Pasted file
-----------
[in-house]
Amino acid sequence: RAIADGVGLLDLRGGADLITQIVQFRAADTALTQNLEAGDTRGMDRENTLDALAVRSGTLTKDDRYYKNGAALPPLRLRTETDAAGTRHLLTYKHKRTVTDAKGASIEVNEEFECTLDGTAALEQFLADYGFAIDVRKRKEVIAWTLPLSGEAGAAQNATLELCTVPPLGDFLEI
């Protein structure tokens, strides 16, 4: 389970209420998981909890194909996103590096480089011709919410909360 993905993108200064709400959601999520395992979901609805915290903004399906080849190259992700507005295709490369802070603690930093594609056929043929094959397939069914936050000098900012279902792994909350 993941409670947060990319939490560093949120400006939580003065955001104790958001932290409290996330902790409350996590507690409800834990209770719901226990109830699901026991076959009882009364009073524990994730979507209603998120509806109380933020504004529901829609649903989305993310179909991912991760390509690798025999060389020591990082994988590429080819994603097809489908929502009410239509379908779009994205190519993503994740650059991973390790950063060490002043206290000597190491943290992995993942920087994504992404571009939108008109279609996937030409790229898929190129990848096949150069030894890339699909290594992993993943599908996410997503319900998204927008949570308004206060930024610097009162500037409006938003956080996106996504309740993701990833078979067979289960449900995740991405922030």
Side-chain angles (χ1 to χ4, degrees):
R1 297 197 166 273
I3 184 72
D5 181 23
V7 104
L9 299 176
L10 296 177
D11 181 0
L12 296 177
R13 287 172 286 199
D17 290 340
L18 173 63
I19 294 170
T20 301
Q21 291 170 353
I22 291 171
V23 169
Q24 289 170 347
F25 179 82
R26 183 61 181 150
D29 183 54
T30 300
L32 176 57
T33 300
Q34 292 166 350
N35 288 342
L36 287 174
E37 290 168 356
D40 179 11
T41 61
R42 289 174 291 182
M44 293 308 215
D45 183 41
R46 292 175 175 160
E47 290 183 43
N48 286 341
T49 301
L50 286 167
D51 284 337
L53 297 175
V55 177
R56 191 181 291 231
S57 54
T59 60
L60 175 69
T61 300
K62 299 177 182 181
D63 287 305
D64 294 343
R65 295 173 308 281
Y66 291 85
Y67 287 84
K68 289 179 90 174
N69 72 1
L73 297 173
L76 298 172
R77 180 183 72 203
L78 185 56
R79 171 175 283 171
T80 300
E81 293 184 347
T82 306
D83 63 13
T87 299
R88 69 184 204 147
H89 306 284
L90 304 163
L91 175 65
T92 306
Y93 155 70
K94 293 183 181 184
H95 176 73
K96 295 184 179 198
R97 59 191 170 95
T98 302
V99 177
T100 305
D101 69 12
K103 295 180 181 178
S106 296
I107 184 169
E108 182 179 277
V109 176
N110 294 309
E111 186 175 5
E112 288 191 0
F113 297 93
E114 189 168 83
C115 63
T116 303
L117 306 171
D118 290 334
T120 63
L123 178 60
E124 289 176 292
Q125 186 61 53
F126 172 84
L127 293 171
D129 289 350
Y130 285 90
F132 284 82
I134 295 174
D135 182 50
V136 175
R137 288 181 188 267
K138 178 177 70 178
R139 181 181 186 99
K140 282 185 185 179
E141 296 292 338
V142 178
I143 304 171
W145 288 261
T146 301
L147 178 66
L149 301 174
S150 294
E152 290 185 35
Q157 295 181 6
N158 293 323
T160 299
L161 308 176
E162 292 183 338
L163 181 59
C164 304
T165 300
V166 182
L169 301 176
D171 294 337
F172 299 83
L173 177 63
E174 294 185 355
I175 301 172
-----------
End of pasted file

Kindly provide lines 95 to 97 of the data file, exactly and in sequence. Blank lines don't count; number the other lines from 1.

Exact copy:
D118 290 334
T120 63
L123 178 60